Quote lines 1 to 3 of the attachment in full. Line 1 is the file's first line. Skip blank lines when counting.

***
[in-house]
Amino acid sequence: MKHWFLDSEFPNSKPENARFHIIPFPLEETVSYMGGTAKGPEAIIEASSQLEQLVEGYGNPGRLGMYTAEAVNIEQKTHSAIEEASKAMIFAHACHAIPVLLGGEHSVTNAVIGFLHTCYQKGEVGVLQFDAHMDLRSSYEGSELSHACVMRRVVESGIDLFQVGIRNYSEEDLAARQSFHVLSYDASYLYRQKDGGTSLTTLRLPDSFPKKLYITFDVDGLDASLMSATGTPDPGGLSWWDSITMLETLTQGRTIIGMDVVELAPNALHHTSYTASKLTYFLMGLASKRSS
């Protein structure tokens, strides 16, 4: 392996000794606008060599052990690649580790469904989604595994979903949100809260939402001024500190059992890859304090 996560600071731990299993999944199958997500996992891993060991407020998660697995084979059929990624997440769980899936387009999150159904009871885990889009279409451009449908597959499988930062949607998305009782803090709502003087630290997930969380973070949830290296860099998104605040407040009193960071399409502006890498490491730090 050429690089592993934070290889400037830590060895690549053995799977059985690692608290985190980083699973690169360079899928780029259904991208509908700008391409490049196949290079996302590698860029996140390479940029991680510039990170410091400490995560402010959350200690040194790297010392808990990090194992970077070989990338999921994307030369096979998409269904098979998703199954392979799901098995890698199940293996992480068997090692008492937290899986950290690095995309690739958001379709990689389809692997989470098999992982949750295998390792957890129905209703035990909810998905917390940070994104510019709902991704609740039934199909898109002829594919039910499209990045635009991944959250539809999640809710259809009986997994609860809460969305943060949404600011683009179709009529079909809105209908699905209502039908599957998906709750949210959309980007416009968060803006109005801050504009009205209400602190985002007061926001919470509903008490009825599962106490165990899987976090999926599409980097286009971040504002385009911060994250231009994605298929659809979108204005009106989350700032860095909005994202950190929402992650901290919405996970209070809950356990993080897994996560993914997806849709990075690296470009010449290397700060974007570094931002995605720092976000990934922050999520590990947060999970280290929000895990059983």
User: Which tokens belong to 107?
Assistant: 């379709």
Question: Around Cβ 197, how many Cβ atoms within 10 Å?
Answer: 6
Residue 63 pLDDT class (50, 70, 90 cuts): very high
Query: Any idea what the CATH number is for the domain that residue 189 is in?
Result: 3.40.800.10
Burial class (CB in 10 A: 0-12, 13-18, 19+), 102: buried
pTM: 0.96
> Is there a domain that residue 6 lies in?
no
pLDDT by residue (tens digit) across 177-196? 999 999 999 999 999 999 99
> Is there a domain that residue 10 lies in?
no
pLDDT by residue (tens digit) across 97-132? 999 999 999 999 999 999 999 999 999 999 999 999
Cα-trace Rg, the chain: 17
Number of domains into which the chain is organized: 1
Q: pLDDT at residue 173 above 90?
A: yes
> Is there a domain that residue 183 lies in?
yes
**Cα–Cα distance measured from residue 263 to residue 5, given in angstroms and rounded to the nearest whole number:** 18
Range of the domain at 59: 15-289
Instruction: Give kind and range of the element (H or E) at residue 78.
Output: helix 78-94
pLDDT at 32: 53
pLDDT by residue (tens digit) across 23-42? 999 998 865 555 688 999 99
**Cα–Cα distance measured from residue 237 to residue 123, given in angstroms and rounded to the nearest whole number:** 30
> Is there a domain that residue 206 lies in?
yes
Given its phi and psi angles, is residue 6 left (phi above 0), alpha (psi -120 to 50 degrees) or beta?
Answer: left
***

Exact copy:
[in-house]
Amino acid sequence: MKHWFLDSEFPNSKPENARFHIIPFPLEETVSYMGGTAKGPEAIIEASSQLEQLVEGYGNPGRLGMYTAEAVNIEQKTHSAIEEASKAMIFAHACHAIPVLLGGEHSVTNAVIGFLHTCYQKGEVGVLQFDAHMDLRSSYEGSELSHACVMRRVVESGIDLFQVGIRNYSEEDLAARQSFHVLSYDASYLYRQKDGGTSLTTLRLPDSFPKKLYITFDVDGLDASLMSATGTPDPGGLSWWDSITMLETLTQGRTIIGMDVVELAPNALHHTSYTASKLTYFLMGLASKRSS
């Protein structure tokens, strides 16, 4: 392996000794606008060599052990690649580790469904989604595994979903949100809260939402001024500190059992890859304090 996560600071731990299993999944199958997500996992891993060991407020998660697995084979059929990624997440769980899936387009999150159904009871885990889009279409451009449908597959499988930062949607998305009782803090709502003087630290997930969380973070949830290296860099998104605040407040009193960071399409502006890498490491730090 050429690089592993934070290889400037830590060895690549053995799977059985690692608290985190980083699973690169360079899928780029259904991208509908700008391409490049196949290079996302590698860029996140390479940029991680510039990170410091400490995560402010959350200690040194790297010392808990990090194992970077070989990338999921994307030369096979998409269904098979998703199954392979799901098995890698199940293996992480068997090692008492937290899986950290690095995309690739958001379709990689389809692997989470098999992982949750295998390792957890129905209703035990909810998905917390940070994104510019709902991704609740039934199909898109002829594919039910499209990045635009991944959250539809999640809710259809009986997994609860809460969305943060949404600011683009179709009529079909809105209908699905209502039908599957998906709750949210959309980007416009968060803006109005801050504009009205209400602190985002007061926001919470509903008490009825599962106490165990899987976090999926599409980097286009971040504002385009911060994250231009994605298929659809979108204005009106989350700032860095909005994202950190929402992650901290919405996970209070809950356990993080897994996560993914997806849709990075690296470009010449290397700060974007570094931002995605720092976000990934922050999520590990947060999970280290929000895990059983």